Thermionic energy conversion (TEC) using nanomaterials is an emerging field of research. It is known that graphene can withstand temperatures as high as 4600 K in vacuum, and it has been shown that its work function can be engineered from a high value (for monolayer/bilayer) of 4.6 eV to as low as 0.7 eV. Such attractive electronic properties (e.g., good electrical conductivity and high dielectric constant) make engineered graphene a good candidate as an emitter and collector in a thermionic energy converter for harnessing solar energy efficiently. We have used a modified Richardson–Dushman equation and have adopted a model where the collector temperature could be controlled through heat extraction in a calculated amount and a magnet can be attached on the back surface of the collector for future control of the space-charge effect. Our work shows that the efficiency of solar energy conversion also depends on power density falling on the emitter surface, and that a power conversion efficiency of graphene-based solar TEC as high as 55% can be easily achieved (in the absence of the space-charge effect) through proper choice of work functions, collector temperature, and emissivity of emitter surfaces. Such solar energy conversion would reduce our dependence on silicon solar panels and offers great potential for future renewable energy utilization.
In this paper, we present results authors published initially on the white light emission with broad band (330-465 nm)
excitation of the specially prepared nano-phosphor: Eu<sup>3+</sup>: ZnS which is capped with sodium methyl carboxylate and on
pure red-light emission from the nano-phosphor when capped with alpha methyl acrylic acid and prepared in a different
method. Then we discuss possible methods of future improvement of the white light emission from the nano-phosphor.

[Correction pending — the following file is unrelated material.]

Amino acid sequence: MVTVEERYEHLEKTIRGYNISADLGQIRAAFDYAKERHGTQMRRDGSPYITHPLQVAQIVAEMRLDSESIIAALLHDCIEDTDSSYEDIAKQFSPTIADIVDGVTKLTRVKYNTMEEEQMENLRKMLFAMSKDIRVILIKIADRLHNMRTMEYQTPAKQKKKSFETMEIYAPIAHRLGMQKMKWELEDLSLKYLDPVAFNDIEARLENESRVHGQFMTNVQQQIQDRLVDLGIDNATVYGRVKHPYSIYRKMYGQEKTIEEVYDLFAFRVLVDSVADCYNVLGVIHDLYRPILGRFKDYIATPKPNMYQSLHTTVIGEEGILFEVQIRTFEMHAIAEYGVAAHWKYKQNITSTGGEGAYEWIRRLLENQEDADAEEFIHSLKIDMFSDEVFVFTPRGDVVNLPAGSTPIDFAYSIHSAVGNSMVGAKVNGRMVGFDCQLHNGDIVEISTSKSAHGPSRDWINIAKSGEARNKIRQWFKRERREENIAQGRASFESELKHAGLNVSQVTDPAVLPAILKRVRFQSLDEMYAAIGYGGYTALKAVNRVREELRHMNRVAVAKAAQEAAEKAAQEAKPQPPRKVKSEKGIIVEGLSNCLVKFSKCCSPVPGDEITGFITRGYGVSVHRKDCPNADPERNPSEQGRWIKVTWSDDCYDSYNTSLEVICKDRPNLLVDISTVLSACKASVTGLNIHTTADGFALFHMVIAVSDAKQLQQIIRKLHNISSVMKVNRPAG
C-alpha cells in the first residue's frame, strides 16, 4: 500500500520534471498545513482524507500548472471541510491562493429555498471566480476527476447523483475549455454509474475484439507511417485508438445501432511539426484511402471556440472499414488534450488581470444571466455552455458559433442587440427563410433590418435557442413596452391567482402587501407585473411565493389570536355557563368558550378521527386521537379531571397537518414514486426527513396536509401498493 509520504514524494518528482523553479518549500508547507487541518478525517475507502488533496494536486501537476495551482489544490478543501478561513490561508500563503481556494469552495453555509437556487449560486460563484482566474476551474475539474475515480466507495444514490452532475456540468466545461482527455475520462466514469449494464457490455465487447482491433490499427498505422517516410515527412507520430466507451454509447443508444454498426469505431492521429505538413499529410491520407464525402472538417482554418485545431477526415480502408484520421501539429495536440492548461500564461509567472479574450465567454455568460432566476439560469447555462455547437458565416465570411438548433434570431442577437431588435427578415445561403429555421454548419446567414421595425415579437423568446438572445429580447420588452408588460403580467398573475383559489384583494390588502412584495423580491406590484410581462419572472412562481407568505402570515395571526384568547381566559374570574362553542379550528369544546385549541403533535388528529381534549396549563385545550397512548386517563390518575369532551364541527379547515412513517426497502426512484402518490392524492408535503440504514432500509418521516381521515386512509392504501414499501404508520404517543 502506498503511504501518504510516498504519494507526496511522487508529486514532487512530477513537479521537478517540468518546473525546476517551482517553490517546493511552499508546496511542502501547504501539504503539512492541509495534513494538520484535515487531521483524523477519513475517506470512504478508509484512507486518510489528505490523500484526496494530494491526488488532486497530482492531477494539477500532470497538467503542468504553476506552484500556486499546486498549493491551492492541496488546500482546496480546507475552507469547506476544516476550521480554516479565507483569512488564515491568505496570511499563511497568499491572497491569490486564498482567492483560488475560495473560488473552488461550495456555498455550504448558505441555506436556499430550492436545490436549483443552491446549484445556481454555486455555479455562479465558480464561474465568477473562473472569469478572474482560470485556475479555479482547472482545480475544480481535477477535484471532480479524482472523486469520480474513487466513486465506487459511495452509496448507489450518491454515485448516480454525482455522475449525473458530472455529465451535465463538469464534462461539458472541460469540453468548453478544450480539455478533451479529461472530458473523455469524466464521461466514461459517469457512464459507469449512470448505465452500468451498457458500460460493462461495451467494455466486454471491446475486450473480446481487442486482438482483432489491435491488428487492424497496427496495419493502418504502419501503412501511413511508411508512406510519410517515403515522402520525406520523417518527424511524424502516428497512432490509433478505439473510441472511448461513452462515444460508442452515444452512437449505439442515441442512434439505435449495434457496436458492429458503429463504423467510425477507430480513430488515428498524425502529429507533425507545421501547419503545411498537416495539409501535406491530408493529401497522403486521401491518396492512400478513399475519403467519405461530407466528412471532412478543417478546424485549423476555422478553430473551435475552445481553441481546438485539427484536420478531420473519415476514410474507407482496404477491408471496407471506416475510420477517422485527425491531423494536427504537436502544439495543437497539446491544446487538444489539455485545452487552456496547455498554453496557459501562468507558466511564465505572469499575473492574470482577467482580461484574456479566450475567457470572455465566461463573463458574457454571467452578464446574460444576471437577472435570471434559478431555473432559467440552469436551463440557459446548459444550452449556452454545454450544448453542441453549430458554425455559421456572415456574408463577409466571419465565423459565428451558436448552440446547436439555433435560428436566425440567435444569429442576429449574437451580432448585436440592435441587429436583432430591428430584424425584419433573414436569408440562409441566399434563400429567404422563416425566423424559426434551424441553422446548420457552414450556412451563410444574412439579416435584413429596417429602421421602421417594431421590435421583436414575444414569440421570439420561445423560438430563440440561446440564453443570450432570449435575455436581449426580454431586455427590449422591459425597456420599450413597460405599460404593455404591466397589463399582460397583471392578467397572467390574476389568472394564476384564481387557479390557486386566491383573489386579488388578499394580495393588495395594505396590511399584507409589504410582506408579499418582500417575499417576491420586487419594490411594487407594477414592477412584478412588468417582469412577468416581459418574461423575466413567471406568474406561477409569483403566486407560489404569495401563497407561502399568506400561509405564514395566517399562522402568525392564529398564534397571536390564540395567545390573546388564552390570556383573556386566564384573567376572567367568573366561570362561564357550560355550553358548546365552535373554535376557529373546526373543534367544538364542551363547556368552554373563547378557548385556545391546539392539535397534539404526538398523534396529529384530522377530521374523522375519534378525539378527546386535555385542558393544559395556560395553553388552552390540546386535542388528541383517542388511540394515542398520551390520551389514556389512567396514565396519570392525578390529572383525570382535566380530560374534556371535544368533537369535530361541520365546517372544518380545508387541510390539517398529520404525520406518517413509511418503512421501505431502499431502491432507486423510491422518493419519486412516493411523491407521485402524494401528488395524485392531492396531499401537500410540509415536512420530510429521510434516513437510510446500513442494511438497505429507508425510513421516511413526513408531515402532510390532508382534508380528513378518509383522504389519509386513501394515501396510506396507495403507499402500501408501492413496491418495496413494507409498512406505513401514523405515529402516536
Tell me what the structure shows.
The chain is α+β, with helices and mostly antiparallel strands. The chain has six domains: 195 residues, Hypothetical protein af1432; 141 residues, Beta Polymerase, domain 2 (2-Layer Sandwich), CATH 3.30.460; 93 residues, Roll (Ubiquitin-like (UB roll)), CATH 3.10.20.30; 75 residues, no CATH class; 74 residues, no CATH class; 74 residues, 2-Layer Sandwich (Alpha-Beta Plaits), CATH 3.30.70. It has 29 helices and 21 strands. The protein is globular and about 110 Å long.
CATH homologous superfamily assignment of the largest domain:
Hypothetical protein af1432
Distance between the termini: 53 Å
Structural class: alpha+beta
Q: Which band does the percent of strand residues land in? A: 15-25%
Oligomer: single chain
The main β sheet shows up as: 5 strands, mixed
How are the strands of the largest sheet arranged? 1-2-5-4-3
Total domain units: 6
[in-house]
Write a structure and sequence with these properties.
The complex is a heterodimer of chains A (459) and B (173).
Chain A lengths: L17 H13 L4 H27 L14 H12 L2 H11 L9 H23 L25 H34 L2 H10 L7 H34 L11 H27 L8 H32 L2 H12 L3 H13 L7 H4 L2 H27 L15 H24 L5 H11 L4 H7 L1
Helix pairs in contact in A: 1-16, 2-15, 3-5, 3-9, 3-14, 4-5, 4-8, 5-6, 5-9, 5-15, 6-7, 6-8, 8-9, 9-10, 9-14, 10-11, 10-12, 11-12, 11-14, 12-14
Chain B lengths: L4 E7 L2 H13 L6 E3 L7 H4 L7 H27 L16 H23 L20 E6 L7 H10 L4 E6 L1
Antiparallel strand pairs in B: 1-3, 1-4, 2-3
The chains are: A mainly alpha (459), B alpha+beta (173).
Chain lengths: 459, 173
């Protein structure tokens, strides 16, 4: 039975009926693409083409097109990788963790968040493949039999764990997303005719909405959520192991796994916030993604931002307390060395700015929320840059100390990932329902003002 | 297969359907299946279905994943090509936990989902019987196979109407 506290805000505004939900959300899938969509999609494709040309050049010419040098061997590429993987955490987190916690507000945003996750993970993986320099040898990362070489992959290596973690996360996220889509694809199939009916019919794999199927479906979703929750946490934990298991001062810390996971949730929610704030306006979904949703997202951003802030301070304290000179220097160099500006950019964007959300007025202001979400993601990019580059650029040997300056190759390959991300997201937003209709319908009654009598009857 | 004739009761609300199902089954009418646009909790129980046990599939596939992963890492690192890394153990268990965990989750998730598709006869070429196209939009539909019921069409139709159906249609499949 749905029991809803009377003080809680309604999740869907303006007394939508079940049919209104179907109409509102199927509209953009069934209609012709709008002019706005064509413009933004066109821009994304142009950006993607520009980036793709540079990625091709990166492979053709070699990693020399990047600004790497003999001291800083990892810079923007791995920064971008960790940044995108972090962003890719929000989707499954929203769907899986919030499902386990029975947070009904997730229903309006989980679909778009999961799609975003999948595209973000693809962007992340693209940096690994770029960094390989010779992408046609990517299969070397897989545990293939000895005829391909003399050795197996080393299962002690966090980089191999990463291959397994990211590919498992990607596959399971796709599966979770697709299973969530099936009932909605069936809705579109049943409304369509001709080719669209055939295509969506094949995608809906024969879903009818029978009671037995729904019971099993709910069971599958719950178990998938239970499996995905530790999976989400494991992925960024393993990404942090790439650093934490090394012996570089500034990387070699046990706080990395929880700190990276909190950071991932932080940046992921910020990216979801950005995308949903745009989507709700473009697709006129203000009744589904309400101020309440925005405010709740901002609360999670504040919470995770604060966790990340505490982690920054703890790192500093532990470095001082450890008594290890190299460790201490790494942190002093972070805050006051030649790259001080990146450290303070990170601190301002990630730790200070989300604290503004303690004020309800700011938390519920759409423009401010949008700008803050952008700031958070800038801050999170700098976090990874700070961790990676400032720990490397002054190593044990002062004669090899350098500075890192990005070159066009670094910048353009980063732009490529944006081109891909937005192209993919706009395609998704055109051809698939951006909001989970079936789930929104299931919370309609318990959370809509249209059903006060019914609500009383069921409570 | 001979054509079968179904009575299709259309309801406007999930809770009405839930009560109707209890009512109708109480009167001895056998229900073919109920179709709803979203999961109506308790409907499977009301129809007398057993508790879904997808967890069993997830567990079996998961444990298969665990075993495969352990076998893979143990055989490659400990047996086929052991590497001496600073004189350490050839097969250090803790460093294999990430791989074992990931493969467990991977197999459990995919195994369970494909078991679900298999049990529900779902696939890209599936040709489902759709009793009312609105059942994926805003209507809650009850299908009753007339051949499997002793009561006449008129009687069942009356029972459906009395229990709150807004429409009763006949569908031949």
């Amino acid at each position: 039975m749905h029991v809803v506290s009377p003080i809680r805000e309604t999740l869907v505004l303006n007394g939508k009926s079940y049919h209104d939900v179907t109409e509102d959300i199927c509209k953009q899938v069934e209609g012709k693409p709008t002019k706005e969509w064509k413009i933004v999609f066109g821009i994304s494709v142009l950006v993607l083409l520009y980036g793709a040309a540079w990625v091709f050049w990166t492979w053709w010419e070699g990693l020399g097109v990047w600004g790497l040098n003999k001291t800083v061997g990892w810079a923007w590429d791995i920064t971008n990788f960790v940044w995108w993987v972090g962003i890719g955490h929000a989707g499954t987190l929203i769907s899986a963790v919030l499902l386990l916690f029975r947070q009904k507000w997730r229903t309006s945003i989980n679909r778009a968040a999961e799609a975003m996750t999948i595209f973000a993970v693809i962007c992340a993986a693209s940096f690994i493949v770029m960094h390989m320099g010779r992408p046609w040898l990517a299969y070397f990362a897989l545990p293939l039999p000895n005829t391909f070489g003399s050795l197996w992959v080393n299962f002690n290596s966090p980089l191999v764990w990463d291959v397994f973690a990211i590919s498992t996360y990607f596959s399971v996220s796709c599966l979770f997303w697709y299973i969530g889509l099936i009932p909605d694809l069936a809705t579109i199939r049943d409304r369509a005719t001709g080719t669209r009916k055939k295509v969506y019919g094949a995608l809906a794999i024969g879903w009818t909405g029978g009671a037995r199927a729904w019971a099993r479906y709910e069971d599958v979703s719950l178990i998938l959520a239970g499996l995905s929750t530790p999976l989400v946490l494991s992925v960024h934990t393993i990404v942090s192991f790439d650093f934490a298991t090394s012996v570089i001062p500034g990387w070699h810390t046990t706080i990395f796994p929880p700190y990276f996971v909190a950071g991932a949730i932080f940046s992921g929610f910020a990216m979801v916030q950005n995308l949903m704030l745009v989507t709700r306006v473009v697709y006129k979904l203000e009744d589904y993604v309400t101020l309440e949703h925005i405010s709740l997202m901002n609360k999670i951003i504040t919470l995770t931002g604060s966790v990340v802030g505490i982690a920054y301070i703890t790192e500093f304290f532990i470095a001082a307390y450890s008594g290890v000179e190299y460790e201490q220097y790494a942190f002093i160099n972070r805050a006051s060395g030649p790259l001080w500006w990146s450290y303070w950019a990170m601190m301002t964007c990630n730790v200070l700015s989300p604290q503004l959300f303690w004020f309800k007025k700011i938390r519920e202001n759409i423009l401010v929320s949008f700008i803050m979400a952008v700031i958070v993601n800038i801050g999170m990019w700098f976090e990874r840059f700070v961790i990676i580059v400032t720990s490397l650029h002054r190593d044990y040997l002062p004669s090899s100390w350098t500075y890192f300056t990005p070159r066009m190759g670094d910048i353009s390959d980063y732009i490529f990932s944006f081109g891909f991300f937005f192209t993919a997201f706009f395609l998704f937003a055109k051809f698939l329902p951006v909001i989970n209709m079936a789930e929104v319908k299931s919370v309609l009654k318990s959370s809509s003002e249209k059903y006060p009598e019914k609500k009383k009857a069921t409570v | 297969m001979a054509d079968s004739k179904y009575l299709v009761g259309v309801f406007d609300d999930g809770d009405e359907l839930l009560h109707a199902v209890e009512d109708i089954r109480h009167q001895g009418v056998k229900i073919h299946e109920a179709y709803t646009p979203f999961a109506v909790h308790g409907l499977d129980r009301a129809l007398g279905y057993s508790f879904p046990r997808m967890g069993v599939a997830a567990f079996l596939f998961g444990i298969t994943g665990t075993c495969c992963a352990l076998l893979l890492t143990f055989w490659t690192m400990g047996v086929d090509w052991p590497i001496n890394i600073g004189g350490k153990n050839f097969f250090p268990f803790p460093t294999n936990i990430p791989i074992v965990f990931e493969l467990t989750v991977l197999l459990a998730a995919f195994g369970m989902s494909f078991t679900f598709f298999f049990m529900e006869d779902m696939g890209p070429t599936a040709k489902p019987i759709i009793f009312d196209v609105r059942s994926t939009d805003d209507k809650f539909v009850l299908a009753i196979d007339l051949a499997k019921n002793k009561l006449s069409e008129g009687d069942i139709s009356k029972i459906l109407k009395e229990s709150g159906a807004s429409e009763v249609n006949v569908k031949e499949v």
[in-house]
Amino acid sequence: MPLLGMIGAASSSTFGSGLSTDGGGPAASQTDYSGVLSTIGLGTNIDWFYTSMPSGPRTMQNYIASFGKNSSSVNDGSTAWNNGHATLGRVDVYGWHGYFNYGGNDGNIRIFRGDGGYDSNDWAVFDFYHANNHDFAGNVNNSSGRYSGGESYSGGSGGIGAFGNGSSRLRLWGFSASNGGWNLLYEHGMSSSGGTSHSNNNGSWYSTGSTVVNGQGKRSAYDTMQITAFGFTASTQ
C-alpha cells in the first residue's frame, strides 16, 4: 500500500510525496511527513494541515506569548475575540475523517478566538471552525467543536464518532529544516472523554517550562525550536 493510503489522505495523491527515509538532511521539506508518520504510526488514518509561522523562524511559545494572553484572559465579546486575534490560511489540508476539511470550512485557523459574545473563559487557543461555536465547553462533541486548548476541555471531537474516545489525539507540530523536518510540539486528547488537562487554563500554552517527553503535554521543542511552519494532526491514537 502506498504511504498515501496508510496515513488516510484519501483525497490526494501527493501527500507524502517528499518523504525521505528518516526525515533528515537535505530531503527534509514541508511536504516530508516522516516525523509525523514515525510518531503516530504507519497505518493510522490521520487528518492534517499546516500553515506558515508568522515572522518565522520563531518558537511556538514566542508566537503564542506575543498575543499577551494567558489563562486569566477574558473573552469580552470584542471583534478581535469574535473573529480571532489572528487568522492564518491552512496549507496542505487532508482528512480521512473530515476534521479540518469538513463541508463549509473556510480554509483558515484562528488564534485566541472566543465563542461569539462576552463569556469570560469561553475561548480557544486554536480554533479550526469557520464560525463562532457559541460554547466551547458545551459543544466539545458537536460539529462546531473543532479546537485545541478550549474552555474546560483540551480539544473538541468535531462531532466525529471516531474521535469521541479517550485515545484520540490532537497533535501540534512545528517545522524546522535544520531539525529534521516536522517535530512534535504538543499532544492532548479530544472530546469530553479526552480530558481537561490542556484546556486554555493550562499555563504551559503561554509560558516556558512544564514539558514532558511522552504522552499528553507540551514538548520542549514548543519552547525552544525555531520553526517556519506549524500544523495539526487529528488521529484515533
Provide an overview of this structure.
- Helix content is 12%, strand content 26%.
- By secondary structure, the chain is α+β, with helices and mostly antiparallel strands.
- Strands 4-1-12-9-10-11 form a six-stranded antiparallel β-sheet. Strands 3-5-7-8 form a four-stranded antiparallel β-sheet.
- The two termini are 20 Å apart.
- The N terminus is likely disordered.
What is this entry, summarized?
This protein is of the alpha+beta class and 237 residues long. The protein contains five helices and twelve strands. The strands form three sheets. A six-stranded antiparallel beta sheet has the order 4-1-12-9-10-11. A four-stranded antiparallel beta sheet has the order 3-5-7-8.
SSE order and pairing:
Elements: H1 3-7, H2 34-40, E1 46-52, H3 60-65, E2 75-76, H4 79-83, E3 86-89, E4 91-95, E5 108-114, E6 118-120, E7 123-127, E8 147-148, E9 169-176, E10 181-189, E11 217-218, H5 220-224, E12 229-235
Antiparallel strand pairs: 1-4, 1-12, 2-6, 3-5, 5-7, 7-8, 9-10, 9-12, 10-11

We then present the cost effective and energy efficient method of obtaining highest quality natural white light sources
using such nano-phosphor and blue or near UV blue light emitting diodes. The latter discussion includes the driving
circuit for the white LED and powering the LED by concentrated solar photovoltaics for both lighting and waste heat
energy storage for completely clean energy natural white lighting sources.
Graphene is a high temperature material which can stand temperature as high as 4600 K in vacuum. Even though its work function is high (4.6 eV) the thermionic emission current density at such temperature is very high. Graphene is a wonderful material whose work function can be engineered as desired. Kwon et al41 reported a chemical approach to reduce work function of graphene using K<sub>2</sub>CO<sub>3</sub>, Li<sub>2</sub>CO<sub>3</sub>, Rb<sub>2</sub>CO<sub>3</sub>, Cs<sub>2</sub>CO<sub>3</sub>. The work functions are reported to be 3.7 eV, 3.8 eV, 3.5 eV and 3.4 eV. Even though they did not report the high temperature tolerance of such alkali metal carbonate doped graphene, their works open a great promise for use of pure graphene and doped graphene as emitter (cathode) and collector (anode) in a solar thermionic energy converter. This paper discusses the dynamics of solar energy conversion to electrical energy using thermionic energy converter with graphene as emitter and collector. We have considered parabolic mirror concentrator to focus solar energy onto the emitter to achieve temperature around 4300 K. Our theoretical calculations and the modelling show that efficiency as high as 55% can easily be achieved if space-charge problem can be reduced and the collector can be cooled to certain proper temperature. We have discussed methods of controlling the associated space-charge problems. Richardson-Dushman equation modified by the authors have been used in this modelling. Such solar energy conversion would reduce the dependence on silicon solar panel and has great potential for future applications.